Will Apple’s Patent Victory Create A Usability Hell?

We talk to an IP lawyer about whether Apple really can own a gesture that now seems foundational.

Will Apple’s Patent Victory Create A Usability Hell?

Pinching to zoom on touch-screen devices is such a common gesture today that it’s hard to believe Steve Jobs wowed audience members (who actually cheered and applauded for close to 20 seconds) when he first stretched his fingers against the iPhone’s glass face. Now, the interaction is used by nearly all device makers in electronics ranging from smartphones to tablets to laptop trackpads, a universal gesture for magnifying photos, maps, and webpages.


But the ubiquity of that hand gesture could soon go the way of the Macarena. In Apple’s $1 billion patent lawsuit against Samsung, which the company won last week, a jury decided that a slew of Samsung’s mobile devices had violated a number of Apple’s utility patents for interaction designs, including some that relate to distinctions between one-finger scrolling and two finger gestures that could include pinch-to-zoom. In an industry already wary of patent litigation, the verdict could lead to significant fragmentation in the user experiences created by tech companies eager to avoid the wrath of Apple’s rabid legal squad.

“With regard to gestures, I think it will be hard to change the status quo because they’ve already gained such widespread acceptance,” says one top interaction designer at HP. “Ultimately, I’m worried it would hurt the end user–it concerns me that you could have these inconsistencies in terms of user experience as you go from different product to product.”

As my colleague Kyle Vanhemert outlined Monday, without usability standards, the consumer experience suffers. The pinch-to-zoom gesture, for example, is part of an intuitive, cross-platform interaction language, but companies might look at the Samsung verdict and hesitate to mimic the experience, even though the Apple v. Samsung case didn’t hinge on pinch-to-zoom specifically. The jury also found Samsung had violated other Apple utility patents, for example, including patents for its tap-to-zoom gesture and rubberbanding technology. “It’s very much possible that pinch-to-zoom is the best way of zooming in on a map,” Vanhemert wrote. “Forcing smartphone developers to come up with a different way of doing things for the sake of coming up with a different way of doing things is outrageously stupid.”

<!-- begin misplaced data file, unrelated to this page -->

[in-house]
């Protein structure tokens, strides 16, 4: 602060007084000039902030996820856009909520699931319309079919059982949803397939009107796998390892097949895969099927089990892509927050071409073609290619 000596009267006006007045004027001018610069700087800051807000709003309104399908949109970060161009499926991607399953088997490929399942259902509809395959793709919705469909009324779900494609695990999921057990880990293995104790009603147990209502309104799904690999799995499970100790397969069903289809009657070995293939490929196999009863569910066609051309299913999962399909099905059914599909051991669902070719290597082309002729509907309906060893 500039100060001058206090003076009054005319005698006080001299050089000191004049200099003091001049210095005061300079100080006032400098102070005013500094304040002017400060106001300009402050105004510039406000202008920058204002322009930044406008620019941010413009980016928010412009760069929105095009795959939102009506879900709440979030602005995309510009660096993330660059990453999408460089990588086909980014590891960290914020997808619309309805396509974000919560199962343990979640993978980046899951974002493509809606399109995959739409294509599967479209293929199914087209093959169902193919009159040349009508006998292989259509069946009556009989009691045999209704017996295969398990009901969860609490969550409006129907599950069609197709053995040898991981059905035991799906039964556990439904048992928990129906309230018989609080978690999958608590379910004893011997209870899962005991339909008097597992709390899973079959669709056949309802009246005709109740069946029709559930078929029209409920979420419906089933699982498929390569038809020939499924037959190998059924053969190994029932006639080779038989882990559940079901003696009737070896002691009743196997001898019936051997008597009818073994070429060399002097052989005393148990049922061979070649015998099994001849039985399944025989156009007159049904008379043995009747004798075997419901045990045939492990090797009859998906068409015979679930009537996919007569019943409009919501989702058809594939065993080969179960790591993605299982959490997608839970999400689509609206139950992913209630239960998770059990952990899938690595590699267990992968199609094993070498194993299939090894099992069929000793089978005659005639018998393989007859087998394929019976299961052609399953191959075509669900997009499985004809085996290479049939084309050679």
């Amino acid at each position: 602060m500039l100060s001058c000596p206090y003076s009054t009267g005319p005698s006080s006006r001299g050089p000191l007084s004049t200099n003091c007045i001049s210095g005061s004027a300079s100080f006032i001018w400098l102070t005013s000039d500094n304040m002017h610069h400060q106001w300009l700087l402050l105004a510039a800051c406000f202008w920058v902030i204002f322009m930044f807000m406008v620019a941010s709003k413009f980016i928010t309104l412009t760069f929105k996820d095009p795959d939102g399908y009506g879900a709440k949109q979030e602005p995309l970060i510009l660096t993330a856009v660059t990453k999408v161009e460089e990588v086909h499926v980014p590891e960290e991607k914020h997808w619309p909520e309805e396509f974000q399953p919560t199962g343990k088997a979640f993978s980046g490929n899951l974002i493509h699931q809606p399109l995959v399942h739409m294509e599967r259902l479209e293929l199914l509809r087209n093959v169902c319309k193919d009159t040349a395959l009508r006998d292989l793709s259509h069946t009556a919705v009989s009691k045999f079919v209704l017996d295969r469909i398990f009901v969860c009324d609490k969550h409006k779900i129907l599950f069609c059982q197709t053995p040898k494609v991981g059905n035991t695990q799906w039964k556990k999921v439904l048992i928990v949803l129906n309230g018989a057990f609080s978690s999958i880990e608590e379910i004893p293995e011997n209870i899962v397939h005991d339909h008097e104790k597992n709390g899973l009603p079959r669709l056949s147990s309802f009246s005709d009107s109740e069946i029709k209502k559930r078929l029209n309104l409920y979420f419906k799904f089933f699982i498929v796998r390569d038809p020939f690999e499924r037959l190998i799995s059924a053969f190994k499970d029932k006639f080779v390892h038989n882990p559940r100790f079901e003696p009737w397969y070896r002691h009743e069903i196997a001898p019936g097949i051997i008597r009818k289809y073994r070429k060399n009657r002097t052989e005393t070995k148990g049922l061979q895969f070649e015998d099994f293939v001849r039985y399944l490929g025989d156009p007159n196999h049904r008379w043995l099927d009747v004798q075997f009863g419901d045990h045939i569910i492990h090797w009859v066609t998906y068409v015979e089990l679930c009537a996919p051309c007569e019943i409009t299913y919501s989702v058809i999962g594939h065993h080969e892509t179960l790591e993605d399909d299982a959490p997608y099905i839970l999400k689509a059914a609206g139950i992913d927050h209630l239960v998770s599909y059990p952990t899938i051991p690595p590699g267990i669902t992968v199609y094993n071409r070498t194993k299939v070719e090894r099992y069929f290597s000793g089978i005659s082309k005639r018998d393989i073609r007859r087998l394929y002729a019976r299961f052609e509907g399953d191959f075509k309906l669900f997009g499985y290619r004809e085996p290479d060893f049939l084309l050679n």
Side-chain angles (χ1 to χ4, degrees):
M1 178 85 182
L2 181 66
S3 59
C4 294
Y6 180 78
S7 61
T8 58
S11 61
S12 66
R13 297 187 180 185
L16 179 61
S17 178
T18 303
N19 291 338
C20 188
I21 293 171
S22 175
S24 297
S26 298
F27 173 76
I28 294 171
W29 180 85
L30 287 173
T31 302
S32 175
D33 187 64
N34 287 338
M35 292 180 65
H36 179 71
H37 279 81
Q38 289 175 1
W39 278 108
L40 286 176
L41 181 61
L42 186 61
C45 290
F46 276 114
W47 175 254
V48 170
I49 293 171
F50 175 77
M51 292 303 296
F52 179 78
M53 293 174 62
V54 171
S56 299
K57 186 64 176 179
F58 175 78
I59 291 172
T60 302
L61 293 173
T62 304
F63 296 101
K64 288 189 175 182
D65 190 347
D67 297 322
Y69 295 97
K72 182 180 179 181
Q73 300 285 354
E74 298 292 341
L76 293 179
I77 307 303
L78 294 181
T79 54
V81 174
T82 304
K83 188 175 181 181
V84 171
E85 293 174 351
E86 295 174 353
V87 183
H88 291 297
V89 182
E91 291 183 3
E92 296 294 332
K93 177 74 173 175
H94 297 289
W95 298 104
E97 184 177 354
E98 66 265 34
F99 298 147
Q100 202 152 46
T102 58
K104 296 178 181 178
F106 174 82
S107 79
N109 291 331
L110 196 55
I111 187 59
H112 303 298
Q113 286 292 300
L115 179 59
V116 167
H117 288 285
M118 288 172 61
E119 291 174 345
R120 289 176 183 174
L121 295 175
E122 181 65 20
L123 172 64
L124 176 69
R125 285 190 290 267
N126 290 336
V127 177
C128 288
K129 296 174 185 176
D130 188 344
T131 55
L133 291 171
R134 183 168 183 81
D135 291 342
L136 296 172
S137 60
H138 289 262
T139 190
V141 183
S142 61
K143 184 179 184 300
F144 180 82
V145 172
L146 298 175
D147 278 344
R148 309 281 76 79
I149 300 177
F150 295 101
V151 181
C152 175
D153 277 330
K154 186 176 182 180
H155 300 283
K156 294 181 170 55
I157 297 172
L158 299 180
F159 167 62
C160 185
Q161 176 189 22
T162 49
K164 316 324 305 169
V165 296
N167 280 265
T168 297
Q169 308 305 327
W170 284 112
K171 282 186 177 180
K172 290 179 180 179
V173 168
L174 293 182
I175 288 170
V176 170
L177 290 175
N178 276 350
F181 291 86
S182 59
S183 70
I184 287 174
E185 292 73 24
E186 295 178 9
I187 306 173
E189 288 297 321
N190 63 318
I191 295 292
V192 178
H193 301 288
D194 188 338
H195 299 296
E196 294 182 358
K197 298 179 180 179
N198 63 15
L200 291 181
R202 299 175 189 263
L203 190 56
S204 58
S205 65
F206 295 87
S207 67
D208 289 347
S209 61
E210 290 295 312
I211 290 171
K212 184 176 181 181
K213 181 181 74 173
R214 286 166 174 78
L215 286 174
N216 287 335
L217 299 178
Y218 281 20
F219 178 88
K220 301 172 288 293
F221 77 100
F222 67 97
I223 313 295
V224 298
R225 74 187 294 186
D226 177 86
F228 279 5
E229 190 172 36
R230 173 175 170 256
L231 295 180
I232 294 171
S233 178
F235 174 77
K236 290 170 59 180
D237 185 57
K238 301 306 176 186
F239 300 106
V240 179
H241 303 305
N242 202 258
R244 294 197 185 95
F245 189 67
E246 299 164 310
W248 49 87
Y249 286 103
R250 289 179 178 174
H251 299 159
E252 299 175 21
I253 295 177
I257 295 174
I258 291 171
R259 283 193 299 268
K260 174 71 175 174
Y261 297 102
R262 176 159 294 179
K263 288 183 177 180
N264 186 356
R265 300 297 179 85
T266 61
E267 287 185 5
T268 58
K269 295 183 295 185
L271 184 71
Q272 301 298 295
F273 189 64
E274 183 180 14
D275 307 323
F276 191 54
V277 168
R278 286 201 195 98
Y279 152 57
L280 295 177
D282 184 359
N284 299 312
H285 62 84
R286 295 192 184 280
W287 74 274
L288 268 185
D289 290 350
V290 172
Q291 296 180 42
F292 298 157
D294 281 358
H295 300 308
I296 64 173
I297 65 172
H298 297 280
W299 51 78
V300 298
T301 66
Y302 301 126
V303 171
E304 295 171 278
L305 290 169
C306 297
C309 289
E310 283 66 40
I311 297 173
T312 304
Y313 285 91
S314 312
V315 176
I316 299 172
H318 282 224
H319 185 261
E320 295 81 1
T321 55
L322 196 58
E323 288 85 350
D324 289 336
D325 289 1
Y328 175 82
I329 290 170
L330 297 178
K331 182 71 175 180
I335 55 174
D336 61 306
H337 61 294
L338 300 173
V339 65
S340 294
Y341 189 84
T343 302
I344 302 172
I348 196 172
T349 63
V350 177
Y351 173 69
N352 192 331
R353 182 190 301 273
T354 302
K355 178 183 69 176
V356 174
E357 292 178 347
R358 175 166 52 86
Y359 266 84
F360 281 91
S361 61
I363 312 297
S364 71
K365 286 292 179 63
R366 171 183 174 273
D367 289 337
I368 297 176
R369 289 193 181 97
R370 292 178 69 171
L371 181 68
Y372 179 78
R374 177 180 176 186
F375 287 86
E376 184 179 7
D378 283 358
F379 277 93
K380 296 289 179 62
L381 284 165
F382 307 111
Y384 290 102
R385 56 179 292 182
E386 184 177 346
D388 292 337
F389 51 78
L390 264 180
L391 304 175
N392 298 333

But Christopher Carani, an IP lawyer with McAndrews, Held & Malloy, Ltd. and the former chair of the Industrial Designs Committee at the American Intellectual Property Law Association, questions whether it will ever get to that point. Carani explains that we shouldn’t think of the jury’s verdict like a binding Supreme Court decision. “This is a district court decision–it doesn’t have some sort of precedential effect from one court to the next, or one country to the next,” he says. “So before it all gets gloom and doom, which is basically what I’ve read so far, with respect to these types of functional utility patents, it’s critical not to paint with a broad brush and say this is just any type of pinch-to-zoom or tap-to-zoom function.”

Rather, he continues, “In these types of situations, you’re not actually patenting the exact concept, but with something like pinch-to-zoom, you have to drill down the specific language of the patent claim itself, so there might be some actual command that has to be used or some underlying instructions that are covered. By now Samsung’s attorneys have studied this thing inside and out; they know the prior art; they know the scope of the claim; and they’re going to be counseling their clients to try and find a way to design a workaround.” Canari cites his own BlackBerry phone, for example, which has pinch-to-zoom functionality. “But I don’t know,” he adds with a laugh, “Perhaps Apple will go after [RIM] next.”

Arguably, Apple doesn’t even have to. James Schauer, who spent several years at RIM before becoming CEO of Harmonic Interactive Research and Design, which develops gesture-recognition technology, saw firsthand the impact potential litigation can have on product experience. “I can assure you there was a chilling effect on innovation and design at RIM. One of the reasons RIM didn’t do any [rubberbanding-like] bounce back was because of Apple’s patents,” Schauer says. “They took a very conservative approach–anywhere we could possibly face litigation was looked at with extraordinary scrutiny. Arguably that became the straw that broke the camel’s back at RIM. When the lawyers are in charge, that’s game over.”


Still, Schauer believes the jury made the right decision in the Samsung-Apple patent lawsuit. “We were pretty upset when we saw Android came out–we knew they hacked all over Apple’s patents, and we were like, ‘This is not fair,'” he says. “I think the jury made the right ruling, but I think the real question is: Should pinch-to-zoom be patentable?”

Many share his concerns. Slate said Apple’s new “pinch-to-zoom monopoly is bad news.” The New York Times reported that some designers are concerned the patent case’s outcome could lead to unnecessarily differentiated user experiences, akin to being forced to create triangular steering wheels for cars because of patent concerns, despite rounded wheels being the universal standard.

Triangular steering wheels? “I think that’s a healthy dose of hyperbole,” Canari says.

[Image: ivelly/Shutterstock]

About the author

Austin Carr writes about design and technology for Fast Company magazine.